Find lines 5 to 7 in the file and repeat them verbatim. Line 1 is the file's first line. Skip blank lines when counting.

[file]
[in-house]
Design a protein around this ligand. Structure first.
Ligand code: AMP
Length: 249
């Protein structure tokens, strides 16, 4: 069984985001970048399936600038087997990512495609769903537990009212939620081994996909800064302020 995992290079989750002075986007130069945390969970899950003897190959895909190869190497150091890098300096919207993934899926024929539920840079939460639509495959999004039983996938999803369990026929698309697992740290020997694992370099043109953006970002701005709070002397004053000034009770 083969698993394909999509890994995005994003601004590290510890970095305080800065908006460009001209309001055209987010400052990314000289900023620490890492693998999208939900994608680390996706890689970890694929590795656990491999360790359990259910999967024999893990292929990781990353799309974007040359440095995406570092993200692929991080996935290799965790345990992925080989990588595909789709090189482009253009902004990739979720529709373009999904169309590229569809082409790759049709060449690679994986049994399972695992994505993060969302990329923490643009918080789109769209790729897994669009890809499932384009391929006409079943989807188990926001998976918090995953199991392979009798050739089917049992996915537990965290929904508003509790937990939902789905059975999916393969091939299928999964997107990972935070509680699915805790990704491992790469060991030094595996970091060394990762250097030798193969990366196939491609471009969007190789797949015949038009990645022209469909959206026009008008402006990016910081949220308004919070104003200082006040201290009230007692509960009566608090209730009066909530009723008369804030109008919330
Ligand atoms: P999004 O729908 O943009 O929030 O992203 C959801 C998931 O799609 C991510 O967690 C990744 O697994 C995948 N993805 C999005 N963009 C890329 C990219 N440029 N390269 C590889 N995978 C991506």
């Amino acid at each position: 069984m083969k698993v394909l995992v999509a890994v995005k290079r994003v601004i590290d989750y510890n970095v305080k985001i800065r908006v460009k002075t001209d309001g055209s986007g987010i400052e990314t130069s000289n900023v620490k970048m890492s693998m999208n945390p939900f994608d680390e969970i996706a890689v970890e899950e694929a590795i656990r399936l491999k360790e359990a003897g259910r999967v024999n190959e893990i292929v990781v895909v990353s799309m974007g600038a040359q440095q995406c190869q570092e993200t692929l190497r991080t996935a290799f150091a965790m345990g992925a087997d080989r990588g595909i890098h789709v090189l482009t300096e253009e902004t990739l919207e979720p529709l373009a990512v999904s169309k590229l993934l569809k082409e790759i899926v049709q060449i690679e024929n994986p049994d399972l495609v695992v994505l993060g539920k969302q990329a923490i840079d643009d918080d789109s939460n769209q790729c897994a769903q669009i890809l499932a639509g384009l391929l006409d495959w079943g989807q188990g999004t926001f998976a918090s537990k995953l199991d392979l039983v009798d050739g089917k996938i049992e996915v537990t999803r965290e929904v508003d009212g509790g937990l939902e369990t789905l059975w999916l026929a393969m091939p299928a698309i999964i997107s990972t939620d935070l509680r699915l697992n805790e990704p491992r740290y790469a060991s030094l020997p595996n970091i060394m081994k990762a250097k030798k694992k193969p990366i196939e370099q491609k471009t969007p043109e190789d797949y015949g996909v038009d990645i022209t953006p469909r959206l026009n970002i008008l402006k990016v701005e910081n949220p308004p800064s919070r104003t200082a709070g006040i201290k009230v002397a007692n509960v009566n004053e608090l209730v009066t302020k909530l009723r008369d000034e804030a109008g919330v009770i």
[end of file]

């Protein structure tokens, strides 16, 4: 069984985001970048399936600038087997990512495609769903537990009212939620081994996909800064302020 995992290079989750002075986007130069945390969970899950003897190959895909190869190497150091890098300096919207993934899926024929539920840079939460639509495959999004039983996938999803369990026929698309697992740290020997694992370099043109953006970002701005709070002397004053000034009770 083969698993394909999509890994995005994003601004590290510890970095305080800065908006460009001209309001055209987010400052990314000289900023620490890492693998999208939900994608680390996706890689970890694929590795656990491999360790359990259910999967024999893990292929990781990353799309974007040359440095995406570092993200692929991080996935290799965790345990992925080989990588595909789709090189482009253009902004990739979720529709373009999904169309590229569809082409790759049709060449690679994986049994399972695992994505993060969302990329923490643009918080789109769209790729897994669009890809499932384009391929006409079943989807188990926001998976918090995953199991392979009798050739089917049992996915537990965290929904508003509790937990939902789905059975999916393969091939299928999964997107990972935070509680699915805790990704491992790469060991030094595996970091060394990762250097030798193969990366196939491609471009969007190789797949015949038009990645022209469909959206026009008008402006990016910081949220308004919070104003200082006040201290009230007692509960009566608090209730009066909530009723008369804030109008919330
Ligand atoms: P999004 O729908 O943009 O929030 O992203 C959801 C998931 O799609 C991510 O967690 C990744 O697994 C995948 N993805 C999005 N963009 C890329 C990219 N440029 N390269 C590889 N995978 C991506």
């Amino acid at each position: 069984m083969k698993v394909l995992v999509a890994v995005k290079r994003v601004i590290d989750y510890n970095v305080k985001i800065r908006v460009k002075t001209d309001g055209s986007g987010i400052e990314t130069s000289n900023v620490k970048m890492s693998m999208n945390p939900f994608d680390e969970i996706a890689v970890e899950e694929a590795i656990r399936l491999k360790e359990a003897g259910r999967v024999n190959e893990i292929v990781v895909v990353s799309m974007g600038a040359q440095q995406c190869q570092e993200t692929l190497r991080t996935a290799f150091a965790m345990g992925a087997d080989r990588g595909i890098h789709v090189l482009t300096e253009e902004t990739l919207e979720p529709l373009a990512v999904s169309k590229l993934l569809k082409e790759i899926v049709q060449i690679e024929n994986p049994d399972l495609v695992v994505l993060g539920k969302q990329a923490i840079d643009d918080d789109s939460n769209q790729c897994a769903q669009i890809l499932a639509g384009l391929l006409d495959w079943g989807q188990g999004t926001f998976a918090s537990k995953l199991d392979l039983v009798d050739g089917k996938i049992e996915v537990t999803r965290e929904v508003d009212g509790g937990l939902e369990t789905l059975w999916l026929a393969m091939p299928a698309i999964i997107s990972t939620d935070l509680r699915l697992n805790e990704p491992r740290y790469a060991s030094l020997p595996n970091i060394m081994k990762a250097k030798k694992k193969p990366i196939e370099q491609k471009t969007p043109e190789d797949y015949g996909v038009d990645i022209t953006p469909r959206l026009n970002i008008l402006k990016v701005e910081n949220p308004p800064s919070r104003t200082a709070g006040i201290k009230v002397a007692n509960v009566n004053e608090l209730v009066t302020k909530l009723r008369d000034e804030a109008g919330v009770i």